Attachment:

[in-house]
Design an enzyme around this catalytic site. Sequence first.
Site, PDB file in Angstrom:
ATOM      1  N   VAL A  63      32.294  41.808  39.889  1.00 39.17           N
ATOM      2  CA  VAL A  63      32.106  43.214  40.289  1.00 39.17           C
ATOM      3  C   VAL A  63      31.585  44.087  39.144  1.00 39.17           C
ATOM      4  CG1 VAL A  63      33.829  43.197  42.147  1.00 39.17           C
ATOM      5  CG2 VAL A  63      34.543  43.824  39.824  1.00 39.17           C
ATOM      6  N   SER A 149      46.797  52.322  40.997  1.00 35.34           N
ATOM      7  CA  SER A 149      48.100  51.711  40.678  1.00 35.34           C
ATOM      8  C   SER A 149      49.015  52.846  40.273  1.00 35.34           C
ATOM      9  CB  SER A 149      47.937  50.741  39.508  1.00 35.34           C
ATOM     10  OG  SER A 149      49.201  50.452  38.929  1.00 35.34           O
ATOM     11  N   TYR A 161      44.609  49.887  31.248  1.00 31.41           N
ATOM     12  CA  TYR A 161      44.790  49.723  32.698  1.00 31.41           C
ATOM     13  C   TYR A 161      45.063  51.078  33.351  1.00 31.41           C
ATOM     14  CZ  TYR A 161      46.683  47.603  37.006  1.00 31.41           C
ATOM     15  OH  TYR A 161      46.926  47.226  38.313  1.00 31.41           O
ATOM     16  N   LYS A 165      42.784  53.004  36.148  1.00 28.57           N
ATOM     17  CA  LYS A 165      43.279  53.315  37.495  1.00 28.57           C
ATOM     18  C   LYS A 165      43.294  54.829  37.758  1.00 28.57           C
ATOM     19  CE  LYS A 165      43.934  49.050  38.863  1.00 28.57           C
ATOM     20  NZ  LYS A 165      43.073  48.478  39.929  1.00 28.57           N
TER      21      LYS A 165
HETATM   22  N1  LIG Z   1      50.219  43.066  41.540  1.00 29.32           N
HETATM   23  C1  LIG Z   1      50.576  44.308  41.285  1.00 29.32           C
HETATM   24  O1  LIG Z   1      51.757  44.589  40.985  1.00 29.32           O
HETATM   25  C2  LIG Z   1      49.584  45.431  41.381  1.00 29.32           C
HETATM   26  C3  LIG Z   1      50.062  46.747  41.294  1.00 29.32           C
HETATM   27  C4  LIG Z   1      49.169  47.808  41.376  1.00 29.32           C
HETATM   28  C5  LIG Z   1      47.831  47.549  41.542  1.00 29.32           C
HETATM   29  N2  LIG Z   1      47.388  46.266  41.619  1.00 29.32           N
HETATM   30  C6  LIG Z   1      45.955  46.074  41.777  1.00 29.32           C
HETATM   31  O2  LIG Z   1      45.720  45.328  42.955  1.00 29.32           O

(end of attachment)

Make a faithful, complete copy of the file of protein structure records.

[in-house]
Design an enzyme around this catalytic site. Sequence first.
Site, PDB file in Angstrom:
ATOM      1  N   VAL A  63      32.294  41.808  39.889  1.00 39.17           N
ATOM      2  CA  VAL A  63      32.106  43.214  40.289  1.00 39.17           C
ATOM      3  C   VAL A  63      31.585  44.087  39.144  1.00 39.17           C
ATOM      4  CG1 VAL A  63      33.829  43.197  42.147  1.00 39.17           C
ATOM      5  CG2 VAL A  63      34.543  43.824  39.824  1.00 39.17           C
ATOM      6  N   SER A 149      46.797  52.322  40.997  1.00 35.34           N
ATOM      7  CA  SER A 149      48.100  51.711  40.678  1.00 35.34           C
ATOM      8  C   SER A 149      49.015  52.846  40.273  1.00 35.34           C
ATOM      9  CB  SER A 149      47.937  50.741  39.508  1.00 35.34           C
ATOM     10  OG  SER A 149      49.201  50.452  38.929  1.00 35.34           O
ATOM     11  N   TYR A 161      44.609  49.887  31.248  1.00 31.41           N
ATOM     12  CA  TYR A 161      44.790  49.723  32.698  1.00 31.41           C
ATOM     13  C   TYR A 161      45.063  51.078  33.351  1.00 31.41           C
ATOM     14  CZ  TYR A 161      46.683  47.603  37.006  1.00 31.41           C
ATOM     15  OH  TYR A 161      46.926  47.226  38.313  1.00 31.41           O
ATOM     16  N   LYS A 165      42.784  53.004  36.148  1.00 28.57           N
ATOM     17  CA  LYS A 165      43.279  53.315  37.495  1.00 28.57           C
ATOM     18  C   LYS A 165      43.294  54.829  37.758  1.00 28.57           C
ATOM     19  CE  LYS A 165      43.934  49.050  38.863  1.00 28.57           C
ATOM     20  NZ  LYS A 165      43.073  48.478  39.929  1.00 28.57           N
TER      21      LYS A 165
HETATM   22  N1  LIG Z   1      50.219  43.066  41.540  1.00 29.32           N
HETATM   23  C1  LIG Z   1      50.576  44.308  41.285  1.00 29.32           C
HETATM   24  O1  LIG Z   1      51.757  44.589  40.985  1.00 29.32           O
HETATM   25  C2  LIG Z   1      49.584  45.431  41.381  1.00 29.32           C
HETATM   26  C3  LIG Z   1      50.062  46.747  41.294  1.00 29.32           C
HETATM   27  C4  LIG Z   1      49.169  47.808  41.376  1.00 29.32           C
HETATM   28  C5  LIG Z   1      47.831  47.549  41.542  1.00 29.32           C
HETATM   29  N2  LIG Z   1      47.388  46.266  41.619  1.00 29.32           N
HETATM   30  C6  LIG Z   1      45.955  46.074  41.777  1.00 29.32           C
HETATM   31  O2  LIG Z   1      45.720  45.328  42.955  1.00 29.32           O